Now, things have changed and this memoir is Winterson’s attempt to finally face her demons head on.
“[W]ounding seems to be a clue or a key to being human. There is value here as well as agony. What we notice in the stories is the nearness of the wound to the gift: the one who is wounded is marked out — literally and symbolically — by the wound.”
One of the discoveries she makes is that it was her monster of a mother who made her into a writer. The cadence of the King James version of the Bible, which her mother had steeped the household in, is the melody of much of Winterson’s prose, and she acknowledges this in the memoir. This is difficult for the reader to stomach, since Mrs. Winterson is so hard to love. One does not wish to credit her with anything. However, her very suppression of all passion and of books — she actually burns some she finds hidden in her daughter’s room — contributes to the author’s desire for them. Rather than bowing to her adoptive mother’s insistence on one essential apocalyptic biblical truth and nothing else, she learned to love words. “Fuck it, I can write my own,” is Winterson’s response to the book burning. The reader cheers for her.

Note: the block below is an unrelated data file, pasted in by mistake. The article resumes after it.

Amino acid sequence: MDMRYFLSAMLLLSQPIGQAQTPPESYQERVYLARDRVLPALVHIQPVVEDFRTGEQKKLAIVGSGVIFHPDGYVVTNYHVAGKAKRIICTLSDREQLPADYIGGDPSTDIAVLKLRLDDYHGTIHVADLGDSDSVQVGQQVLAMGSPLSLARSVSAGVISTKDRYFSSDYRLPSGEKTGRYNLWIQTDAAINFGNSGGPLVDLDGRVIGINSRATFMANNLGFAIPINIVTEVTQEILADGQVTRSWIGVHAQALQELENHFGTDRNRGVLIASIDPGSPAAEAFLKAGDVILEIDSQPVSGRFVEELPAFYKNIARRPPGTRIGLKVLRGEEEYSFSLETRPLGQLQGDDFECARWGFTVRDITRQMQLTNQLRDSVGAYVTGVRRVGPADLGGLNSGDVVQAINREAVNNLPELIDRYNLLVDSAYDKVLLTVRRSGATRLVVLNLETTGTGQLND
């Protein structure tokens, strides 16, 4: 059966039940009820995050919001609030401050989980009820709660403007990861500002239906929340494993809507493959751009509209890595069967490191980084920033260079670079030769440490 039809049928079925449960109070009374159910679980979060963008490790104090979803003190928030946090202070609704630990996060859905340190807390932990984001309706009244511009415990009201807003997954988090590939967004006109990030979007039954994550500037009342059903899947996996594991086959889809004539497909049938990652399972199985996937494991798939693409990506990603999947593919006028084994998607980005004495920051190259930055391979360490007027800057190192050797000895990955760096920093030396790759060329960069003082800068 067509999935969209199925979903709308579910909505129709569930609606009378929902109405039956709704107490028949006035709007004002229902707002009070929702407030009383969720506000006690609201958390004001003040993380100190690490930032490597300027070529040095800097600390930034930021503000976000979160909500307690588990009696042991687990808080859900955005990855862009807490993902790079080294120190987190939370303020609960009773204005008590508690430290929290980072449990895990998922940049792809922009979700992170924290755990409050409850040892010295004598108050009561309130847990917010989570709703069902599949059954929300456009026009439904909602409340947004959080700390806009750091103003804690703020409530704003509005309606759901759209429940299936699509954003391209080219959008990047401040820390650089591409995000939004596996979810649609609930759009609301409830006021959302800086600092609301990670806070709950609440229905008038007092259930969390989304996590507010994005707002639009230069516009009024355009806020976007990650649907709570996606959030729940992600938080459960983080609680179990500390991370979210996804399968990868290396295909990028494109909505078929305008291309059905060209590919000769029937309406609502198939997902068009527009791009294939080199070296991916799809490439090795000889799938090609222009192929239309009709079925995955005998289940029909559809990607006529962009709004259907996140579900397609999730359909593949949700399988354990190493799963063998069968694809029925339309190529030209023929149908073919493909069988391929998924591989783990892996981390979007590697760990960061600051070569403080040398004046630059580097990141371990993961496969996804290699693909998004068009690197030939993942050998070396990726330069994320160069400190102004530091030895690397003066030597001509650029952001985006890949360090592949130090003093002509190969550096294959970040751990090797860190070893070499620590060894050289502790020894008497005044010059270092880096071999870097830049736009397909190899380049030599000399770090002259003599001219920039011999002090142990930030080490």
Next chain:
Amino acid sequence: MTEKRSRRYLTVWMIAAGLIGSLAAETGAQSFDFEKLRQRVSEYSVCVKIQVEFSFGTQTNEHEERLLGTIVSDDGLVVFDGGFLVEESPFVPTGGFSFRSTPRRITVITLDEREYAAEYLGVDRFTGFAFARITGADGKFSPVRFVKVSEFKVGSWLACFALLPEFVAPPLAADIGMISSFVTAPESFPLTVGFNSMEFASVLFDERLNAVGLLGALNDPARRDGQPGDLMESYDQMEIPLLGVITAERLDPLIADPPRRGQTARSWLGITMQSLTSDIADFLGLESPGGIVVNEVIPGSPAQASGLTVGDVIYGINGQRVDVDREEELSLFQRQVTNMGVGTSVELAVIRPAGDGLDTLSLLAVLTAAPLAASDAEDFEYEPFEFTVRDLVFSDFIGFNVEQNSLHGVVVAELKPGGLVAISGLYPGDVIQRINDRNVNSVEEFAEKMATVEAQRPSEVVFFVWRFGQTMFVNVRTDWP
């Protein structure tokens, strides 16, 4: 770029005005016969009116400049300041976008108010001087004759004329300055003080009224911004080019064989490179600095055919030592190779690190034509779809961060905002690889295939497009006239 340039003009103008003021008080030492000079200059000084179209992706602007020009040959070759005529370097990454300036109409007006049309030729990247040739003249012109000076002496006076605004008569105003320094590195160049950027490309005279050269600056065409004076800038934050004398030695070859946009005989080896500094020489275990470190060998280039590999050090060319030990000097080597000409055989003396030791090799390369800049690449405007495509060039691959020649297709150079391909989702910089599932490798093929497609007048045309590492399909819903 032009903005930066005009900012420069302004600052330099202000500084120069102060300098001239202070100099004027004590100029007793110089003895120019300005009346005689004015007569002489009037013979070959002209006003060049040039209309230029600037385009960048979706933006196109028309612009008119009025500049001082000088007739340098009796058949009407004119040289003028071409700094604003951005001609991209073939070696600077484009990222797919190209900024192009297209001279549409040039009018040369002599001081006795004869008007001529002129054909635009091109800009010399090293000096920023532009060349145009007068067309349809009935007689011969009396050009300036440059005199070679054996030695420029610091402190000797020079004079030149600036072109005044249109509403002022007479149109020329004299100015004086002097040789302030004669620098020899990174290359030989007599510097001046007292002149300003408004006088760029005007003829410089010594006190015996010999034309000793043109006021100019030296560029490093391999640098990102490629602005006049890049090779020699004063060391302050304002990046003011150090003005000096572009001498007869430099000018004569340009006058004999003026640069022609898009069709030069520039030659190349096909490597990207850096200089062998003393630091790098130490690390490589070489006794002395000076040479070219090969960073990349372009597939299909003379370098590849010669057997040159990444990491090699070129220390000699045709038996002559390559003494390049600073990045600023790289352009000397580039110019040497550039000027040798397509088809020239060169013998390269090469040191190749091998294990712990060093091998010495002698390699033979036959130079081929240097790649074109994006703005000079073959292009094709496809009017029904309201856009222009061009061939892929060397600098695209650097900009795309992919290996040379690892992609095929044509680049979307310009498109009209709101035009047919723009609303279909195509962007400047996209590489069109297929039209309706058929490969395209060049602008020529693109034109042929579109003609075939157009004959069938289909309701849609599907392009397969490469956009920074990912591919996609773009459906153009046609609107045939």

Regardless, however, of how plucky and smart and strong Winterson is, a childhood like that leaves damage. She says, “When love is unreliable and you are a child, you assume that it is the nature of love — its quality — to be unreliable. … In the beginning the love you get is the love that sets.”
To see long excerpts from “Why Be Happy When You Could Be Normal?” at Google Books, click here.